Exploring Small Strobes: Why should I Use a Speedlight
Welcome to this multi-part series of articles on Exploring Small Strobes by Yanik Chauvin from Yanik’s Photo School.
You’ve probably heard or read this a gazillion times by other photographers so I thought that I would be the gazilionth and one to tell you that creating a great photo is all about lighting. Light is what sculpts your scene. You can have the best composed shot but if your lighting is crap, good chances that your shot will be also. And sometimes to get good light, you’ll need to work with artificial light sources. One of the most popular light source used by photographers are strobes; also called flashes.
So I figured that I would give you my insights on small strobes (also known as flash guns or speedlights) in this multi part saga here on DIYPhotography.net. So let’s get right to it, shall we.
FOLLOW THIS SERIES OF ARTICLES!
Next - Why Use Speedlights Off Camera
Seven Reasons for Using A Strobe
For most of you that own a DSRL, you’ll have a built in flash to help you light your subject. So why, oh why would you even bother spending your hard earned cash on another flash that goes right on top of the one you’re used to using? Isn’t it overkill?
The answer to this is yes…. and no. Yes, if you just slap you new speedlight on your camera and use it like your built in flash. All you’ll get out of it is more power. And even then, if you use it in TTL (auto) mode with close subjects, you might as well sell it on Ebay (or to me ;)). Ok, so why get a speedlight then? Here are my top 7 reasons for owning them.
Yes, it does crank out more juice than your built in flash, so if your subject is further away, you’ll still be able to throw some light on it.
2. Longer battery life
Your speedlight has its own set of batteries so you’re not using your camera’s battery for the flash. This means that you can get more shots out of one battery charge.
3. Angle of light
Speedlights have a tilting and rotating neck which allows you to change the light’s main direction. This means that you could bounce the light off a side wall or a ceiling to diffuse your main light source.
4. Keep that lens hood on
Since the speedlight is higher up on your camera, you won’t have to remove your lens hood to prevent shadows in your frame. There are some exceptions with some wide angle lenses though so test it out before hand.
5. Discrete auto focus assistance
Most DSLRs now have an auto focus assist lamp built in for dark scenes. Basically, if it’s too dark, to get good contrasts to focus on, a small light beam shines on your subject. If you’re shooting people, they’ll get annoyed or distracted by the light so forget candid shots. The auto focus assist on a speedlight usually appears as a red grid so your subject won’t even be aware of it.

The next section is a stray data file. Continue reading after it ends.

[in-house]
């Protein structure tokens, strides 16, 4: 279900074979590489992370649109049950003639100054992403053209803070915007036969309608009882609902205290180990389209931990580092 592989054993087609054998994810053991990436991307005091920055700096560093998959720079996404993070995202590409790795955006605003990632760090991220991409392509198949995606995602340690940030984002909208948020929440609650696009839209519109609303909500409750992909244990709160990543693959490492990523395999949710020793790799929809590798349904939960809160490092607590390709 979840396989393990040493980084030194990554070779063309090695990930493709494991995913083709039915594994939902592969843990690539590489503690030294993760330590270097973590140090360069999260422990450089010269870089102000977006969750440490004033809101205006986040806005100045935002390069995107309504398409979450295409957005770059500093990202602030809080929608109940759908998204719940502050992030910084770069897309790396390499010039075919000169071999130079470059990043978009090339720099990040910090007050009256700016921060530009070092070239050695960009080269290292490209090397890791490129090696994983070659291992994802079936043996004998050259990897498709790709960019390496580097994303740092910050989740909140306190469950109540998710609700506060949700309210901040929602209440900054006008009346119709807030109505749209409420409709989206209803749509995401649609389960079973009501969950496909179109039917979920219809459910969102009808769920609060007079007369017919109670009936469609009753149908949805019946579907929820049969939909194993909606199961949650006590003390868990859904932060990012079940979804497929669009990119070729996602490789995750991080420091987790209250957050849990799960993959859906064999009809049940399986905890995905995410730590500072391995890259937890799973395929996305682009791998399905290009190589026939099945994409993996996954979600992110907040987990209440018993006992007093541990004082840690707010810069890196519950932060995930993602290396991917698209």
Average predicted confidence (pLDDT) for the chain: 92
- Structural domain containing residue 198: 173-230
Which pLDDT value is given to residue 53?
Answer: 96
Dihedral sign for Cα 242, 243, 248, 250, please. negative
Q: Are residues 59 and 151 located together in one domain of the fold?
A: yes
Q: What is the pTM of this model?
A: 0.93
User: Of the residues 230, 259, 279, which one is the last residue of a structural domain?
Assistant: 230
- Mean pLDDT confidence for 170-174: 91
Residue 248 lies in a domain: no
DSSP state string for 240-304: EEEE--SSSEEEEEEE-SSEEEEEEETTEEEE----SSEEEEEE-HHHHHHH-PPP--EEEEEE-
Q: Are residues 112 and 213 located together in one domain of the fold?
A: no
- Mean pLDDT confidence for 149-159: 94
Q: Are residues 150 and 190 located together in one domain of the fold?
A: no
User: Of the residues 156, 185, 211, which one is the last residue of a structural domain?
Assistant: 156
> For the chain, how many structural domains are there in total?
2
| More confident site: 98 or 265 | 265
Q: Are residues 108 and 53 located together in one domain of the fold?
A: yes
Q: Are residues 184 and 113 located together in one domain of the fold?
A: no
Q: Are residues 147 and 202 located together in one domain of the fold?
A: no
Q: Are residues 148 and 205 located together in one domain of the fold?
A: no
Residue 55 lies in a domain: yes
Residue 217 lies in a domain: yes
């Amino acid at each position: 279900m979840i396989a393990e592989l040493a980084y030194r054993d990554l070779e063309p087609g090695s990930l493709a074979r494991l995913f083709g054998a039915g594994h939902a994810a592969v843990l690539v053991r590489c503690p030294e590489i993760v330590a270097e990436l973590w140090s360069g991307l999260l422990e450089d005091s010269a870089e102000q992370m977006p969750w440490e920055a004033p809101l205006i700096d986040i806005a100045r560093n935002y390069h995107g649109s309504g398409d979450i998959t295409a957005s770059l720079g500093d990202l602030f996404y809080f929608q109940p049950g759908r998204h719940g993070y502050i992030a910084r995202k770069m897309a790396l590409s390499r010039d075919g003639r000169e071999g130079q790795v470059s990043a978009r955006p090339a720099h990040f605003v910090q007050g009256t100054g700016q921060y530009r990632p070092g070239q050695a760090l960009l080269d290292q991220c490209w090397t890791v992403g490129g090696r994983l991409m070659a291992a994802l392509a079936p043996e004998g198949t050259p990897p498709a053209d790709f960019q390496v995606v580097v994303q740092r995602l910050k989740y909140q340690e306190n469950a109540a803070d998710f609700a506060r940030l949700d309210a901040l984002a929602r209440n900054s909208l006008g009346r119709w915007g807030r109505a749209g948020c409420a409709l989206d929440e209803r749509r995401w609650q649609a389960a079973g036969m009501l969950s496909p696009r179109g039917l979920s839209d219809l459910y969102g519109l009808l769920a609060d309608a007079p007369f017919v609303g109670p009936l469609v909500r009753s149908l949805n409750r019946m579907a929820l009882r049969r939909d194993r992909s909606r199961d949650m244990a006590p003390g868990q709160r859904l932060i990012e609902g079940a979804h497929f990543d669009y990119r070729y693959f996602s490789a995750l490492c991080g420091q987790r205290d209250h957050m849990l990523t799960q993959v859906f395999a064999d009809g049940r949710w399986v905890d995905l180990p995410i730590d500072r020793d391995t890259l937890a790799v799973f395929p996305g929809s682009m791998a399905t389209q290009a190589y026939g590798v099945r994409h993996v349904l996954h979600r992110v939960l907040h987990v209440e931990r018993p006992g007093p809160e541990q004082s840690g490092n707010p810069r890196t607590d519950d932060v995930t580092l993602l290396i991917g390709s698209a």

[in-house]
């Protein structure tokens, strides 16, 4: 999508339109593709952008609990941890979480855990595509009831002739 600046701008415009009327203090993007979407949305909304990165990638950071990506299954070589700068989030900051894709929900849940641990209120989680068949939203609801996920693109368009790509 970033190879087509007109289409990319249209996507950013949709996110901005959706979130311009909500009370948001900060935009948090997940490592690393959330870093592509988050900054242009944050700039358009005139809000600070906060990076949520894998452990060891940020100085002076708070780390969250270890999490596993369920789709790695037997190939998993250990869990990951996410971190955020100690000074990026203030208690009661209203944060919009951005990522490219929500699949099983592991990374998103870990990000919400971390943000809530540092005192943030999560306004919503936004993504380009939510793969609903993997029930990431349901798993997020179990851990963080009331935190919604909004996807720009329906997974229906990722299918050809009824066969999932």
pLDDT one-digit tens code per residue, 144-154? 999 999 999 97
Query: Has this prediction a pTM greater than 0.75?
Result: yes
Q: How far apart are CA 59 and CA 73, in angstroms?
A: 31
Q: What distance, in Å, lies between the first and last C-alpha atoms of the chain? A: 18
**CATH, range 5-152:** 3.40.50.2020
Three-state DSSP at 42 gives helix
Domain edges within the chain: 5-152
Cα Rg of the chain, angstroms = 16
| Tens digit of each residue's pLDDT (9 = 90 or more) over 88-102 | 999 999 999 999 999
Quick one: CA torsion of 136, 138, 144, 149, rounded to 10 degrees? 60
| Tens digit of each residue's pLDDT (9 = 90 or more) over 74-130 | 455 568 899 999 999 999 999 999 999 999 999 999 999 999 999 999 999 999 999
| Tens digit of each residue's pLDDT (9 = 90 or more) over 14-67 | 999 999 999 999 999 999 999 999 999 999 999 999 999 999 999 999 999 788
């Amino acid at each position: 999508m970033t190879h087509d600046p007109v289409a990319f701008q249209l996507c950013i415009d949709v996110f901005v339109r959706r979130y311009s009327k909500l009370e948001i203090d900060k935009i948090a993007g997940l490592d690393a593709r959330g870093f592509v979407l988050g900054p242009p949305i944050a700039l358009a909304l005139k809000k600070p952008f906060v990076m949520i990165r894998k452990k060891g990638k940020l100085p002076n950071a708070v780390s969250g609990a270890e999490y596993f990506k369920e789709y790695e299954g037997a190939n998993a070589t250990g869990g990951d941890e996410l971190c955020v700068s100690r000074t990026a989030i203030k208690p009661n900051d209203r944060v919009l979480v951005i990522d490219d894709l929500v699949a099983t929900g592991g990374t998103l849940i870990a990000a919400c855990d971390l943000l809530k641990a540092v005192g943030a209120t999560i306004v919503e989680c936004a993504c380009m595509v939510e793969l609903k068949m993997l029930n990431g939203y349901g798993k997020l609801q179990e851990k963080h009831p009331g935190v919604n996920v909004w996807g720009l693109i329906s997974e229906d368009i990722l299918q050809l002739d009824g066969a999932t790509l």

6. Other features
Depending on the speedlight you purchased, you might have additional features that aren’t available on your built in flash like strobe (multiple flashes during the same exposure) or auto power zoom. Read your manual carefully to find those wonderful surprises.
7. Off camera lighting
You can actually use your speedlight off camera! This gives you complete creative freedom.
Seven Reasons For Using a Speedlight
Now, let’s quickly look at some of the advantages of using speedlights over studio strobes on location (outside your studio).
I’ve had a permanent studio now for roughly 2 years, but even before that, I owned a few studio strobes for my on location work. I now own 5 studio strobes with tons of light modifiers… and I see myself using them less and less on location. Why?
Small strobes are easier and faster to setup. They’re also faster to pack up.
Small strobes take a heck of a lot less room than bulky studio strobes. This means, smaller bags, less back pain and more room in the car for assistants or cold refreshing beverages. :)
These suckers can go practically anywhere! You’re shooting your client in a room the size of your closet? No problem! You need to fake a lit desk lamp? Replace the bulb with your speedlight! You get the idea.
Each of my studio strobes cost me $700.00. You can get some speedlights for less than $200.00 with the average cost being around $350.00. Not only will the strobes cost less but also the accessories like gels and grids, just to name a few.
5. Sync Speed
Most studio strobes will sync up to 1/250 second. That’s fine and dandy for most situations but sometimes you just might need that extra shutter speed. Being a Nikon guy, I could theoretically sync my speedlights up to 1/8000 second. I’m not sure how other manufacturers’ strobes work with this function so please read your manual.
When Not To Use A Small Strobe?
Of course, they are less powerful than studio strobes and in some situations not powerful enough unless you use 3 or 4 of them. That’s when studio strobes make it into my car.
I hope you enjoyed part 1 of this series on Exploring Small Strobes. Stay tuned for part 2 as we ask ourselves: Why should we use speedlights off camera?
Get Yourself a Strobe:
Yanik Chauvin is a professional photographer from Ottawa, Canada. His main focus is on stock and commercial photography. As a teacher with more than 10 years experience, he started Yanik’s Photo School as a way to give back to other passionate photographers.
All images on this article were taken by Yanik Chauvin from Yanik's Photo School